This is a cross-post from my personal blog.
The organizers of the FHIR #DevDays conference next month have announced the four finalists who will come to Amsterdam to present their ideas to a panel of judges. I’ll copy/paste here from the conference’s Patient Innovator Track page:
The following applicants have been invited to present their achievement on Wednesday, November 20: [Alphabetically by presenter’s name]
- Ardy Arianpour, Seqster (app, pronounced “seekster”): “Solved Interoperability Through Patient Centricity” – combines EHR data, consumer genetics, and data from devices / wearables
- SPM member Brenda Denzler (@TheOrigBigScary): “Using readily available health monitoring devices to track and report real-time symptoms” – tracked and organized O2 and other data to convince her doctors they’d misdiagnosed her
- John Keyes (@JohnKeyes): blood disease patient – developed BloodNumbers app to track blood test results over time – focused and practical
- Francisco Javier Logrono, Foundation 29: “Health 29” (app) – Interoperable data platform for rare disease patients
At last: I.T. that’s focused on patient value, patient empowerment
Having been crusading for a decade to encourage data mobility for the benefit of the consumer, the patient, (not just the business needs of the “data holder”), I’m thrilled at this competition. At conference after conference, health IT people have talked about maybe someday trying to squeeze in some patient value, if it doesn’t get in the way of their quarterly work objectives.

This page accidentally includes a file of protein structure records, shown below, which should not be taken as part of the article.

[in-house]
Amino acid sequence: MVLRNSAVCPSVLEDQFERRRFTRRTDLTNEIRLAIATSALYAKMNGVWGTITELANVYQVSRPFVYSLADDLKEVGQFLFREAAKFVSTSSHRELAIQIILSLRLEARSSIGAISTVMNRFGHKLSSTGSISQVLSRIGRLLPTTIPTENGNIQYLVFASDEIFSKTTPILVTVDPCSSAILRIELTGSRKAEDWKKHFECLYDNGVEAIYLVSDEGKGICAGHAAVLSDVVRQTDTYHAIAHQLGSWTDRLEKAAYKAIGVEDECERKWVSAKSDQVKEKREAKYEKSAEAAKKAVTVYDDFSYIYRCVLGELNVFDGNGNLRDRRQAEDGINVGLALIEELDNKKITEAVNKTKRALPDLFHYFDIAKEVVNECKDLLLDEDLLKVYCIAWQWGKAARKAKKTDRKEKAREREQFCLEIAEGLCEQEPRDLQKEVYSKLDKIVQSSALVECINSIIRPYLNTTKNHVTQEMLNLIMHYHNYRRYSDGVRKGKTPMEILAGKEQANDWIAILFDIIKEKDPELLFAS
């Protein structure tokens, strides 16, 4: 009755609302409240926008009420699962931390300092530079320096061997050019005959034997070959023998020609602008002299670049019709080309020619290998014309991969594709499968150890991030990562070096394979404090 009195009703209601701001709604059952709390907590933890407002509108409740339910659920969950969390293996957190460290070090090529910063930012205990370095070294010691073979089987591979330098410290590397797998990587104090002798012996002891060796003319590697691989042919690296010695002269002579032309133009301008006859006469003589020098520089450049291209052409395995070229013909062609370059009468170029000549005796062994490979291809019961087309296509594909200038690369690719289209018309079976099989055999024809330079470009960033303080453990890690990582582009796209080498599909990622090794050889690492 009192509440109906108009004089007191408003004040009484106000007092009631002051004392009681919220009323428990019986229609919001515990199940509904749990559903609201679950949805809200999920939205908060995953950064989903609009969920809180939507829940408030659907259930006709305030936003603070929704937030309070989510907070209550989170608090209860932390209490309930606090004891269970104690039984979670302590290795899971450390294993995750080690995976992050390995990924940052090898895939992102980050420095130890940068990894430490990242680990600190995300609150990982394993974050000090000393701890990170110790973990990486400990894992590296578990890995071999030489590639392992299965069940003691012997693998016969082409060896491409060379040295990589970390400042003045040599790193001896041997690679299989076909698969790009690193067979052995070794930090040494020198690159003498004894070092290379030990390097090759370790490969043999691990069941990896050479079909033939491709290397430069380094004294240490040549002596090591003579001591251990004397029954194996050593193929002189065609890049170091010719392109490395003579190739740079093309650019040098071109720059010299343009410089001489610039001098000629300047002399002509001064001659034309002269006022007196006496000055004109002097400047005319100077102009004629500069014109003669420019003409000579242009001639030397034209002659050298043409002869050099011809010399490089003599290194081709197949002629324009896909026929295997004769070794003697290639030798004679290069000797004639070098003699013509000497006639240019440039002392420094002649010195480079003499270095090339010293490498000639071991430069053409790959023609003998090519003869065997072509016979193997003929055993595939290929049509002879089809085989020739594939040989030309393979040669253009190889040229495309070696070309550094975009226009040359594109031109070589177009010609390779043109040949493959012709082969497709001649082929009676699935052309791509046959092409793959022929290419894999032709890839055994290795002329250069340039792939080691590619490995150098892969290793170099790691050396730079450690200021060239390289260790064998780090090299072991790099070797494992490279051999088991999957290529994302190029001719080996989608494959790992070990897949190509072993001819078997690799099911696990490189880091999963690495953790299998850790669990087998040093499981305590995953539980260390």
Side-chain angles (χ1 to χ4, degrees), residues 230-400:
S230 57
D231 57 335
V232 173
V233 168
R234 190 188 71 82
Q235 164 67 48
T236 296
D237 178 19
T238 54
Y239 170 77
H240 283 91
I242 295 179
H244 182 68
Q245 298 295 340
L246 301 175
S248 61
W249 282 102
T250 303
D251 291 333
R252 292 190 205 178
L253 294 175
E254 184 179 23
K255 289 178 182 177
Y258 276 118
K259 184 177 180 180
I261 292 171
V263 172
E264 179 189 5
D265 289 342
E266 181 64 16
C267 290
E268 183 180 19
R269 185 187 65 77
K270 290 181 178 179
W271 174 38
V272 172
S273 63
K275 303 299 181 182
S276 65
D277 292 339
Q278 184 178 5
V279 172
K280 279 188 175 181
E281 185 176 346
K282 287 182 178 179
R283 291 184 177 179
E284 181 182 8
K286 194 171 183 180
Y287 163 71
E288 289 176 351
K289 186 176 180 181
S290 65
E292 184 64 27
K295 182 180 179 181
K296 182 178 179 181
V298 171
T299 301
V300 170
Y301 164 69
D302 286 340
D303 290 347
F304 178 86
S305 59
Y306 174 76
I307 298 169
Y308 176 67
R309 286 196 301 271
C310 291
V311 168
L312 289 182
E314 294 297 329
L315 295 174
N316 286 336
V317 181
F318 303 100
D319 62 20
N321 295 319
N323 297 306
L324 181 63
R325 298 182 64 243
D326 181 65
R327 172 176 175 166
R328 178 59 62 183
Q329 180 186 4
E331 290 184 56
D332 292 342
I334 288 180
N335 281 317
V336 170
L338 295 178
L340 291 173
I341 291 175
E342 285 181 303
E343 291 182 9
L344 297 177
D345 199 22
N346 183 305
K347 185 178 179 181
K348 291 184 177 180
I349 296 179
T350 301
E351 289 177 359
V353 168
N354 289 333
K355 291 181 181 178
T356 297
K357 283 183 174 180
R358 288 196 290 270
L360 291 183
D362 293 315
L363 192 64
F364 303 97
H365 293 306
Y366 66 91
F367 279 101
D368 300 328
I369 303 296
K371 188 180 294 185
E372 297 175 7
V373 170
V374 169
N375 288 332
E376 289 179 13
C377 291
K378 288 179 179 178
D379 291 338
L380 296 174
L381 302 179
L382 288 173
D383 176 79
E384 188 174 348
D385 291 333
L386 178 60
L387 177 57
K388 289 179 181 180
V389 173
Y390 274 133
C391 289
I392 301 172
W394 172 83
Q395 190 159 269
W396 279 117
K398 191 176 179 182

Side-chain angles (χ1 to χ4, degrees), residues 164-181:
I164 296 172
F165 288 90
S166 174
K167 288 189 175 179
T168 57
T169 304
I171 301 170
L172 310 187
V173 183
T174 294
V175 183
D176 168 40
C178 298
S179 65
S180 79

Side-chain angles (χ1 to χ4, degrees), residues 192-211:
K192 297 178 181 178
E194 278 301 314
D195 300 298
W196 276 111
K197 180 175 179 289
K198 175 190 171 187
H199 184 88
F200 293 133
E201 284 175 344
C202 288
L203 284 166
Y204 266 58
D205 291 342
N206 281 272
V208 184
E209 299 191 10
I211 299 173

In contrast to this, the HL7 FHIR organization said explicitly this June that #FHIR exists to serve patient needs. That shows up in the criteria developed for this competition:
Direct impact on the patient’s health or treatment Empowerment of the patient to take control Possible relevance for other patients, ideally as an app that might use FHIR someday Proven usage in daily life
Each of these finalists was chosen for patient empowerment through data, in a clearly identifiable way. And personally I’m thrilled that the four turned out to be two companies (apps) and two individuals, because that answers the too-common question:
What would patients even do with the data if they had it??
See, once medicine accepts that patients – people without medical training – really can get value (and even create value) from health data, it’s no longer defensible to keep their data from them. And that will enable real progress.
For more information on the conference and the competition see my previous post on the competition.